Voodoo Drug Lord of New Orleans

Fox is back and he's strayed far from Philly. 

The lastest with Kid Louie in the Big Easy:

Voodoo Drug Lord of New Orleans by T. Fox Dunham

“Fuck New Orleans, Vinnie,” Louie said. He fisted a metal bar and hit the table. Clay pots cracked, abandoned on the shelves. Bands played in the street night and day, and if you pressed your palm to the buildings of the French Quarter or the pavement of the street, you felt the city’s pulse—a living soul. “When is the voodoo-asshole coming?”
“Just fucking relax. It’s a cool city. The women are naked.” We’d witnessed their slim bodies painted in red and blue and yellow streaks, standing outside their clubs, wiggling or contorting, showing off their tits as dusk darkened Bourbon Street.
“What time did Dominic say this asshole was going to be here?”
“Shut your mouth, Lou. Check the front gate again. He’s some highly respected Voodoo priest.”
Louie checked it and returned. “A lot of shit.” I’d already bought him a few Hurricanes at various bars down Royal Street, hoping it would calm him down. He stood squat as a pug and got anxious in new places—away from our usual Philly territory where he knew the people, the cops, the dark corners where he could hide. He pounded his palm with his weighted fist. This had been a pottery store, and we hung out in the back, invited in by the owner. Business was to be done on this shitty little porch with an exposed roof woven of wrought black metal that fed around the ceiling and enclosed the front with a door that could be locked. I noted that.
“They call him Doctor Vulture. Voodoo royalty.”
“You have called my name, and I appear.” The voice bellowed like a cello played by delicate hands. The dude walked in with a white fur coat and white suit, feather out of his fedora and a pair of sunglasses. A couple of his guys hung out by the door, watching us. I dropped the suitcase full of cash from Dominick and opened it. Doctor Vulture’s eyes lit up at the grassy bills. “Gentleman of Philadelphia,” he said. He stank like a slaughter hog, rotting in the sun.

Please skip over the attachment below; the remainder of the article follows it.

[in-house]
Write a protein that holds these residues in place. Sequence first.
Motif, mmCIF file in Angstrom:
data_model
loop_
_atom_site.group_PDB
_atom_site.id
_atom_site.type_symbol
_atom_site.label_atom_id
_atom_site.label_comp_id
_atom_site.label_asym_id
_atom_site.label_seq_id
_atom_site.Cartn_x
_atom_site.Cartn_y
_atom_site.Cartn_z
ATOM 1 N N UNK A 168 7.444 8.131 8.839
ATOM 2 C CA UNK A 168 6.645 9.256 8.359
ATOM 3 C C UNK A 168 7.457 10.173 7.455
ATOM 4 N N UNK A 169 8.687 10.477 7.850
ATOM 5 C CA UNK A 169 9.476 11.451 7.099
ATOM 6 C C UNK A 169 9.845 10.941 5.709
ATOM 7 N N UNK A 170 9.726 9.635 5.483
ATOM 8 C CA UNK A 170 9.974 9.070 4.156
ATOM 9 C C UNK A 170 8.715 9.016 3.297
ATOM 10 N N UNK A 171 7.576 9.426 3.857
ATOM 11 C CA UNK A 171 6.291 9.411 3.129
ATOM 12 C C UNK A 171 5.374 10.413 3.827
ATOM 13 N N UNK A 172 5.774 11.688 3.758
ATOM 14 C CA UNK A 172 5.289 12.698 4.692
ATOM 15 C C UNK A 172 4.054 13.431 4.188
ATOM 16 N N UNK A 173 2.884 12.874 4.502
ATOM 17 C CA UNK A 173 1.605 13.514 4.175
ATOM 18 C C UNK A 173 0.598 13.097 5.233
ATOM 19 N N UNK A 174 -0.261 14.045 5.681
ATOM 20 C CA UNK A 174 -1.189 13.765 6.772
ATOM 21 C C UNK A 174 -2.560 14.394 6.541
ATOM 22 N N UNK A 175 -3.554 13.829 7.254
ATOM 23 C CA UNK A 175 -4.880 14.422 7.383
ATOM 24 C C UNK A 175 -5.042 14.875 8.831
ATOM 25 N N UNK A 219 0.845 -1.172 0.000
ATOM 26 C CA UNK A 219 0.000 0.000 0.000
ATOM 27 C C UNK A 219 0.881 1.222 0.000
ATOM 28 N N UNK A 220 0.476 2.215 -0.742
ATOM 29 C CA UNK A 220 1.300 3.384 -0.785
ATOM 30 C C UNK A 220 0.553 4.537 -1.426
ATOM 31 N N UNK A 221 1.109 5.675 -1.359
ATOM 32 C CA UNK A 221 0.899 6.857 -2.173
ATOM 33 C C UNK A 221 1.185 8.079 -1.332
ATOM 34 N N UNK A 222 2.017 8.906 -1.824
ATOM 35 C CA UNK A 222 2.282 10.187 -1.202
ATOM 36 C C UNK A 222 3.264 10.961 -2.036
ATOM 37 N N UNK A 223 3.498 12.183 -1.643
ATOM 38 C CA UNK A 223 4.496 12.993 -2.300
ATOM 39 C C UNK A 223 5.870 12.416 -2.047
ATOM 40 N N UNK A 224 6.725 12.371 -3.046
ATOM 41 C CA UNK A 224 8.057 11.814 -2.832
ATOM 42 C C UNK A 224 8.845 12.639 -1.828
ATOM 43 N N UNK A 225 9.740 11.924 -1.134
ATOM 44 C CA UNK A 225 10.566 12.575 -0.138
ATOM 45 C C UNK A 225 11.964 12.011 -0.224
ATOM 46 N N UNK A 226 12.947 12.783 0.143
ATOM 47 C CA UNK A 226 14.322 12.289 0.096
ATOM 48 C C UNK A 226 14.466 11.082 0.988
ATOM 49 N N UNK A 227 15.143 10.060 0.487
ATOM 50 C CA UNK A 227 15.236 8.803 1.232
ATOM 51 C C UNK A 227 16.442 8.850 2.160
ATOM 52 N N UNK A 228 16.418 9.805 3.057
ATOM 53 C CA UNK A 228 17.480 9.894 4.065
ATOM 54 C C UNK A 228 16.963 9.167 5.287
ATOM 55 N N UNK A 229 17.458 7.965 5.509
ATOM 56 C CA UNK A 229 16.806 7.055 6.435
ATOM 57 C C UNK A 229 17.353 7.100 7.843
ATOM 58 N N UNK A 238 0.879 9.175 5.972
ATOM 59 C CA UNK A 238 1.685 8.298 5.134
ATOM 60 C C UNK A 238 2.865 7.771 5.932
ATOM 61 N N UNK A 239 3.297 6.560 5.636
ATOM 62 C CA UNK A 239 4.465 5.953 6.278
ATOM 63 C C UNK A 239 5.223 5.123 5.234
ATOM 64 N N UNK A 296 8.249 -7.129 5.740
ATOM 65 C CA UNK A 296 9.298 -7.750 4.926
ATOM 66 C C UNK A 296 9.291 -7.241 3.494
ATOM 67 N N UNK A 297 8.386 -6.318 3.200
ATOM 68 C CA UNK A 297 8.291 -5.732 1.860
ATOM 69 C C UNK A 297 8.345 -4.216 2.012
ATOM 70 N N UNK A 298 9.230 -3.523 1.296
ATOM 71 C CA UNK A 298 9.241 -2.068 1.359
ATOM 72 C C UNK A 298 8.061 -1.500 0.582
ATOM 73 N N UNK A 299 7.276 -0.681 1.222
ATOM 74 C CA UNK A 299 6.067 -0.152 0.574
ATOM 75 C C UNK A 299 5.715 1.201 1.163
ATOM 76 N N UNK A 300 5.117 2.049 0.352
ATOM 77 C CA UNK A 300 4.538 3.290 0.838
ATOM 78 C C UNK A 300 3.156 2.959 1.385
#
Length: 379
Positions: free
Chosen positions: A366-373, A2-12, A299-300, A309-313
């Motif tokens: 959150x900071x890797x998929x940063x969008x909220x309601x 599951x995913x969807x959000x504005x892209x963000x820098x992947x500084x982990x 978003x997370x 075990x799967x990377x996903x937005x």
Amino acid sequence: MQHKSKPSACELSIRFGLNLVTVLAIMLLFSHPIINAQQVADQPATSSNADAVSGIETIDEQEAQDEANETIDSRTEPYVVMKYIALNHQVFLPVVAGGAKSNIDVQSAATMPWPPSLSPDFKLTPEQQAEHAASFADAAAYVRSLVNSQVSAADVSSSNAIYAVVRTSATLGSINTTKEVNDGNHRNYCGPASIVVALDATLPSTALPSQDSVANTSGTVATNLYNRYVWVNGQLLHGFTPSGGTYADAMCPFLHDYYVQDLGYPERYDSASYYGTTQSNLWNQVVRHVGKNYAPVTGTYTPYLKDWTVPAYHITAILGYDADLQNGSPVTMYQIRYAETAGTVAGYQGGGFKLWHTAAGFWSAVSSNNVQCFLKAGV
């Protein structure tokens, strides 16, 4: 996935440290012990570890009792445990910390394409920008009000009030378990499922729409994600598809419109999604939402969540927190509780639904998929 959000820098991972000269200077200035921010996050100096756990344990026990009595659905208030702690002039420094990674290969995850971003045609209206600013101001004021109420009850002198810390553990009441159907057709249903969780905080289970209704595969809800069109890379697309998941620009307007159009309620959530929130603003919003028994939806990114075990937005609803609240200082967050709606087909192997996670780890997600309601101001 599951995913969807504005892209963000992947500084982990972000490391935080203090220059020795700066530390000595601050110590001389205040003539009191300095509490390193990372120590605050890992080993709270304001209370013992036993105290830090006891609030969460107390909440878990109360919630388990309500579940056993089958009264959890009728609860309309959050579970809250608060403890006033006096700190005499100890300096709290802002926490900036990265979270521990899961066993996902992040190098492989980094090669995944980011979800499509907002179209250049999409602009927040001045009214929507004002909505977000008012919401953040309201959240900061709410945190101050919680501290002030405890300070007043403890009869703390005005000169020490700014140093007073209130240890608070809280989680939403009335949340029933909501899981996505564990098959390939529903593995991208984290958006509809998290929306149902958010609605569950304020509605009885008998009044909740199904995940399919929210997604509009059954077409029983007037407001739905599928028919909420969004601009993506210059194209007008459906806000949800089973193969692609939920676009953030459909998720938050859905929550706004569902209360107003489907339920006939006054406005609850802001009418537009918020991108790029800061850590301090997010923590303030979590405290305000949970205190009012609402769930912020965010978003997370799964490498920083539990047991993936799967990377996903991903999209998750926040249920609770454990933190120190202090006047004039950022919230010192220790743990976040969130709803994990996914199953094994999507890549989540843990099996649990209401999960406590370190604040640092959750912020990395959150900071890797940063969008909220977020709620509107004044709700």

“Fuck me,” Louie whispered. I put my hand on his arm: Don’t fuck this up.
The good Doctor dropped a clear Ziploc bag on the table. White powder filled it. “The finest product for North America—this young country.” Crow feathers slipped from his sleeve onto the table.
Louie cracked up. “You really think you’re the shit?”
“A wild dog on a leash. Are you his keeper?” I rubbed my temples.
“We have the money. Let’s keep this easy.”
“You bring this rabid dog into my territory, allow him to disrespect me?”
 Who the fuck was this douche? Acting like royalty? One of his competitors was already looking to clip him. It would probably be a bullet from one of his men, waiting on the outside. He came in here alone and obviously didn’t think we were a threat. That was the idea—a couple of nobody-assholes from Philly.
My partner knew the right moment. Louie ran ahead and slammed the iron grating at the front entrance, locking it, and I pulled out my Luger from my belt. I loved the old fashioned piece, and this one had sentimentality to me. Doctor Vulture saw it and pulled a small capsule from his lapel pocket then popped it. The air turned misty. I inhaled the powder.
“Vulture. Crow. Raven. See my wings?” He extended his arm, and a white crow morphed from his body. “You did a deal, came to kill me? One of my competitors? They have no power.” I couldn’t tell the man from the bird, but I could feel my head drugged. I knew enough about narcotics to recognize it.
“What the fuck are you doing?” Louie yelled, running for me. He helped me focus
The bird swept its wings, and I aimed the Luger for its head. I pulled the trigger, and a red mushroom blew from the gun, knocking me into the back wall. The bird squawked then collapsed to the floor.
“Out the back, asshole,” Louie yelled and dragged me to the escape we’d planned.

“White raven,” Vincent said. “So Beautiful.”

T. Fox Dunham resides outside of Philadelphia PA—author and historian. He’s published in nearly 200 international journals and anthologies. His first novel, The Street Martyr was published by Gutter Books this October, followed Professional Detachment, a literary erotica from Bitten Press and followed by Searching for Andy Kaufman from PMMP in 2014. He’s a cancer survivor. His friends call him fox, being his totem animal, and his motto is: Wrecking civilization one story at a time. Site: www.tfoxdunham.com. Blog: http://tfoxdunham.blogspot.com/. http://www.facebook.com/tfoxdunham & Twitter: @TFoxDunham